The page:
Part of the Series
In a vote that exposed a deep rift among Democrats over how far to push their agenda on racial justice and voting rights, the House on Tuesday rejected an amendment offered by progressive Democrats to a sweeping elections reform package that would have restored voting rights for people who are currently incarcerated in state and federal prisons.
The amendment was rejected by a vote of 97-328, indicating uncertainty among moderate Democrats about serious reforms to the criminal legal system as Republicans work to restrict ballot access.
Rep. Cori Bush, the freshman congresswoman from Missouri known for Black Lives Matter activism, was the primary author of the amendment. Speaking on the House floor, Bush said 5 million people — including 1.2 million women and one in six Black people — are currently denied the right to vote due to criminal laws. For Bush and other proponents of voter enfranchisement, restoring voting rights for incarcerated people is crucial to confronting the nation’s legacy of racist voter suppression.
“This cannot continue,” Bush said. “Disenfranchising our own citizens, it is not justice.”
In the wake of an election marked by unprecedented turnout and former President Donald Trump’s incessant lies about a stolen election, partisan battle lines are now being drawn around the ballot box in Congress and across the country. Lawmakers are not just debating how we vote, they are also clashing over who gets to vote in the first place — and the results could define how power is distributed and redistributed in the United States for years to come.
The House is currently debating H.R. 1, the For the People Act, a sweeping voting rights and campaign finance reform package that represents the Democrats’ answer to Trump’s lies about voter fraud and Republican attempts at the state level to restrict ballot access. The legislation is designed to make it easier to vote by expanding early and mail-in voting and implementing automatic voter registration, among other provisions.
Since the beginning of the year, conservative lawmakers in 43 states have pushed at least 250 bills that would make it harder to vote — more than seven times the number of restrictive bills introduced over the same time period last year, according to the Brennan Center for Justice.
Rep. Zoe Lofgren, a Democrat from California who is shepherding H.R. 1 toward a final vote this week, noted that H.R. 1 would restore voting rights for people with felony convictions after they have served their sentences. Lofgren said H.R. 1 would also end “prison gerrymandering,” the practice of counting prisoners where they are incarcerated rather than in their home districts when drawing congressional district lines. While the Democratic Party does not have an official position on Bush’s amendment to restore voting rights for people who are currently incarcerated, Lofgren said the proposal “has merit.”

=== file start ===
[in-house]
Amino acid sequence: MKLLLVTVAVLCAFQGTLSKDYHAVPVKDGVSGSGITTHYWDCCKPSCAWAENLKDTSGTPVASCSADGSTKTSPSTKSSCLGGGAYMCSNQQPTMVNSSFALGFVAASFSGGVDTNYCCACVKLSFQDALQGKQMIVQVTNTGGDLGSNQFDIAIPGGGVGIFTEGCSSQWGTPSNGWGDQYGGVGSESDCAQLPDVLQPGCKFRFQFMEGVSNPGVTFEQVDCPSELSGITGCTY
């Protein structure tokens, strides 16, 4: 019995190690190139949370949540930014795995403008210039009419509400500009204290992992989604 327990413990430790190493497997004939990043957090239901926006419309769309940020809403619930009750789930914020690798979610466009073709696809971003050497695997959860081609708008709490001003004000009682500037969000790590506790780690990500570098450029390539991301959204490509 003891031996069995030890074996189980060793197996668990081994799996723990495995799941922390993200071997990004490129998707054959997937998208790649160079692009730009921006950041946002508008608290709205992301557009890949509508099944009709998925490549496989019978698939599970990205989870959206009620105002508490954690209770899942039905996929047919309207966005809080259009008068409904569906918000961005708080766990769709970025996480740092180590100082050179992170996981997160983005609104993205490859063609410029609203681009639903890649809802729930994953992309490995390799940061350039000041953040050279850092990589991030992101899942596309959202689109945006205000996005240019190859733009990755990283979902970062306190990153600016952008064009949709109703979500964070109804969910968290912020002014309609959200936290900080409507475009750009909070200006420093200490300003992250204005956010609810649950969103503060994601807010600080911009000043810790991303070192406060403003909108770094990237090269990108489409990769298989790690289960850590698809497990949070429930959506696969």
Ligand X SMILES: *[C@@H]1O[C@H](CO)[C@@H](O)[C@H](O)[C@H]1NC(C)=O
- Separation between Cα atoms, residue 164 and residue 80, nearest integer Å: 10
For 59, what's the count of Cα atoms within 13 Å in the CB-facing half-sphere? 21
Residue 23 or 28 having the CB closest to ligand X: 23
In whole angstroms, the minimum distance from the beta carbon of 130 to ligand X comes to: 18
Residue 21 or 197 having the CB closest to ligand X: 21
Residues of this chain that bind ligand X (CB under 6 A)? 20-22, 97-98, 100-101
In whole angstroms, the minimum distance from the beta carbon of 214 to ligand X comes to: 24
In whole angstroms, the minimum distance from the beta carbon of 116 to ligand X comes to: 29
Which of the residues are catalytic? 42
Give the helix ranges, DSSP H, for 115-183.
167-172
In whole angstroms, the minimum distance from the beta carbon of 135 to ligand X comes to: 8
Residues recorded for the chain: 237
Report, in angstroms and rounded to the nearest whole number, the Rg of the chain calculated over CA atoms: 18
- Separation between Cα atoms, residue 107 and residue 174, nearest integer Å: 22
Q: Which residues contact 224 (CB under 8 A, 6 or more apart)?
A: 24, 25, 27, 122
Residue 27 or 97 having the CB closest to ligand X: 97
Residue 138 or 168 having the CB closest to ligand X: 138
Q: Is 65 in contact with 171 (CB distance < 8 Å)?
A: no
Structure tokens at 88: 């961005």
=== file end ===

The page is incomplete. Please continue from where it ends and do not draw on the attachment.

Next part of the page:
“If you are going to count the individuals for redistricting purposes in their prisons, then I think they have to be allowed to vote there, or else that entire scheme is completely wrong,” Lofgren said.
In every state besides Vermont and Maine (as well as the District of Columbia and Puerto Rico), people incarcerated on felony charges lose their right to vote while incarcerated. In 30 states, the right to vote is not automatically restored upon release from prison, creating massive barriers to that ballot for formerly incarcerated people. This causes mass voter disenfranchisement in communities of color that are disproportionately impacted by mass incarceration and over-policing.
“The stripping of the right to vote for incarcerated people and especially Black folks is directly connected to the racist past of our country, from slavery to Jim Crow to mass incarceration,” said Rep. Rashida Tlaib, a Democrat from Michigan who backed the amendment along with other progressives.
Republicans, fearful of any measure that would allow for greater access to the ballot, made dehumanizing statements about “violent criminals” and used the voter enfranchisement amendment to paint H.R. 1 as a radical overhaul of the electoral system. However, voting rights groups say H.R. 1 is necessary for protecting voting rights as voter suppression takes center stage in the GOP agenda.
“And just to put it out there as a reminder, we’re talking about actual people, we are talking about humanity, we’re talking about access, we’re talking about the right to vote,” Bush said.
The GOP attacks may have spooked some moderate Democrats. A vote on the amendment split the House Democratic caucus between its moderate and progressive wings, with 119 Democrats voting against the amendment and 97 supporting voting rights. In a tweet after the vote, Bush vowed to continue the fight for universal voting rights. Across the country, grassroots activists are working to restore voting rights for incarcerated and formerly incarcerated people, and they have already had some success in states such as Florida and Louisiana.
“We will not stop fighting until we dismantle white supremacy in all of its forms,” Bush said.
Not everyone can pay for the news. But if you can, we need your support.
Truthout is widely read among people with lower incomes and among young people who are mired in debt. Our site is read at public libraries, among people without internet access of their own. People print out our articles and send them to family members in prison — we receive letters from behind bars regularly thanking us for our coverage. Our stories are emailed and shared around communities, sparking grassroots mobilization.
We’re committed to keeping all Truthout articles free and available to the public. But in order to do that, we need those who can afford to contribute to our work to do so.
We’ll never require you to give, but we can ask you from the bottom of our hearts: Will you donate what you can, so we can continue providing journalism in the service of justice and truth?